IBM Unveils World’s First Quantum Computer At CES 2019

Posted: Jan 8 2019, 9:39am CST | by , Updated: Jan 8 2019, 9:41am CST , in CES

IBM unveils World’s First Quantum Computer at CES 2019

IBM’s Quantum Computer, Q System One will be Available for Commercial Clients

CES-2019, Tech giant IBM today unveiled their and world’s first quantum computing system, this new system is referred to as Q System One. This first of a kind, universal quantum computing machine will be available for commercial clients very soon, IBM has plans to open a Quantum Computation Center within this year in Poughkeepsie, New York.

Quantum computing is still in the infancy stage, and IBM’s 20-qubit Q System One is more like a stepping stone in the right direction, although it is designed for commercial use by different clients, it will take some time for quantum systems to be mainstream solutions for highly complex and exponential problems along with normal real-life computation requirements.

“It’s more like a stepping stone than a practical quantum computer,” Winfried Hensinger, professor of quantum technologies at the UK’s University of Sussex, told The Verge. “Don’t think of this as a quantum computer that can solve all of the problems quantum computing is known for. Think of it as a prototype machine that allows you to test and further develop some of the programmings that might be useful in the future.”

Just like normal computers, IBM quantum computer is built by integrating and combining different components under a single architecture. This system is designed to offer stability and reliability for complex commercial computations, and it will be available through secure cloud access.

This will be the first time when quantum computers will be available outside of research labs.

"The IBM Q System One is a major step forward in the commercialization of quantum computing," said Arvind Krishna, senior vice president of Hybrid Cloud and director of IBM Research. "This new system is critical in expanding quantum computing beyond the walls of the research lab as we work to develop practical quantum applications for business and science."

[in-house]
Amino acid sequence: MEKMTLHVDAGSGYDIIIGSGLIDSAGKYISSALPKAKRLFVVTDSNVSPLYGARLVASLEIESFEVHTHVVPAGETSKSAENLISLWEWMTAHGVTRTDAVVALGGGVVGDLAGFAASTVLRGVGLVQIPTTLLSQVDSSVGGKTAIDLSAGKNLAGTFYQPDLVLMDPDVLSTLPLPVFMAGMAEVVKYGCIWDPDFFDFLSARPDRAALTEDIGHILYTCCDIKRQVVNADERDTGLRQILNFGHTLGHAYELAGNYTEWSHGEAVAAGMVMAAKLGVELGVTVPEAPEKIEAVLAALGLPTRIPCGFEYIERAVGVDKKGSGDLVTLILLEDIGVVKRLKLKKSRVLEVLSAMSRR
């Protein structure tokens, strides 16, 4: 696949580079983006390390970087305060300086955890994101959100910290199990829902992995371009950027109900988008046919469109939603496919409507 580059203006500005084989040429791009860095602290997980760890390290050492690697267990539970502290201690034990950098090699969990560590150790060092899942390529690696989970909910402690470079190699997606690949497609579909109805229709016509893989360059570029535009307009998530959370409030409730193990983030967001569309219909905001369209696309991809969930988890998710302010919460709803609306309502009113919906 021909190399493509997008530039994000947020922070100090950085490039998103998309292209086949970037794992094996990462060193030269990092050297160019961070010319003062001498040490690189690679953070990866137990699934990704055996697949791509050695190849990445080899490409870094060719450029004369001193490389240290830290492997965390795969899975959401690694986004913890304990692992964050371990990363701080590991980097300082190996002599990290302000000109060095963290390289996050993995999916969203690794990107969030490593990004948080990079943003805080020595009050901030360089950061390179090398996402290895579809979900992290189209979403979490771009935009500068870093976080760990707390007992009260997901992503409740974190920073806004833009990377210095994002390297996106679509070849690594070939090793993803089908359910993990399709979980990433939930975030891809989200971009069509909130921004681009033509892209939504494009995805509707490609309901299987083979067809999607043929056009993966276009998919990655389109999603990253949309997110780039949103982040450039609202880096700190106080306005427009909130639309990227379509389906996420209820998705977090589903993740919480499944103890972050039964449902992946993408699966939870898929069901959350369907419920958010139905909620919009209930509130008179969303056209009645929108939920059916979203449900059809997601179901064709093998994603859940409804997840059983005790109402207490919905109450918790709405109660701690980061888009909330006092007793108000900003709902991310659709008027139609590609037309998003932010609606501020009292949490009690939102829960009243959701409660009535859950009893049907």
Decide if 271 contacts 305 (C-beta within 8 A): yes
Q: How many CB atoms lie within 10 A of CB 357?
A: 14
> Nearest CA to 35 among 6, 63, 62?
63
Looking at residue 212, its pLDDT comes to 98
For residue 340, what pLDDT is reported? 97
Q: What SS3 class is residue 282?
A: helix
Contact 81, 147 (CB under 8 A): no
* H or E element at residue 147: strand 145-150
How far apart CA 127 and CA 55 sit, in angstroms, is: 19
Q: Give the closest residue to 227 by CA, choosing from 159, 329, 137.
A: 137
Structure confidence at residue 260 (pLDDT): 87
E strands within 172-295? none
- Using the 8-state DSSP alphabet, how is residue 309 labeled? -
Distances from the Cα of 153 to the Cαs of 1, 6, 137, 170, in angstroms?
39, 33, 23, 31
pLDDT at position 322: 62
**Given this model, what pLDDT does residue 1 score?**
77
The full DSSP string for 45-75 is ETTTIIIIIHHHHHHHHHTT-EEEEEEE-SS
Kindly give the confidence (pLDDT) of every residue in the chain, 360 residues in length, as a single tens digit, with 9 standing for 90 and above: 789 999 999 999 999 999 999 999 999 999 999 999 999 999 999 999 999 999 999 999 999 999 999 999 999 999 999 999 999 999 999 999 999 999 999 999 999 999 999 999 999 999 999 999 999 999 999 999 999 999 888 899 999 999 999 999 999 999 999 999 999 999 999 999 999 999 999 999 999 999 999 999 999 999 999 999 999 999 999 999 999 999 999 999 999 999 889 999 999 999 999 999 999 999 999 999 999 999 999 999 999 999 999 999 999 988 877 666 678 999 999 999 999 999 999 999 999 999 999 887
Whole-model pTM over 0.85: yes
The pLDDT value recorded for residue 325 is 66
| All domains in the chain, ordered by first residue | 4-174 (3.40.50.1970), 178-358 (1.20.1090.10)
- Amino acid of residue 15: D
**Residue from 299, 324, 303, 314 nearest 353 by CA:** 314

Some feature of IBM’s Q System One include:

High-quality quantum hardware for stable and predictable computing by using a large number of high-quality qubits.

Custom designed quantum firmware that allows uninterrupted system access even during upgrades, the firmware also maintains system health and prevents downtime for the end users.

Advanced cryogenic engineering ideal for cooling a quantum computing environment.

Hybrid execution of quantum algorithms in an isolated, secure environment that is accessible through the cloud.

Quantum computers are very complex systems, for designing this system IBM collaborated with top class designers, manufacturers, and architects from around the world. With them, and a team of their own research scientists, IBM managed to assemble thousands of different components into a state of art, glass-enclosed, isolated environment that was required for stable quantum computing.

“This is something IBM brings to the market that no one else really does. We know how to do integrated systems,” IBM’s VP of quantum research, Bob Sutor, tells The Verge. “The electronics for a quantum computer are not something you go buy off the shelf. You need a temperature-controlled environment, you need to minimize the vibrations — anything that might disrupt the quantum calculations.”

Sutor says that a practical advantage of engineering a machine like the Q System One is that it reduces research downtime. Resetting a quantum computer after an upset caused by a power surge or a disgruntled look from a technician is much, much quicker with a device like the Q System One. “What used to take days and weeks now takes hour or days,” says Sutor.

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<a href="/latest_stories/all/all/76" rel="author">Jitender Rathi</a>
Jitender is a seasoned writer with an excellent sense of what news are relevant today. He covers a wide range of topics from technology to science. You can follow Jitender on , Facebook, LinkedIn and Twitter.




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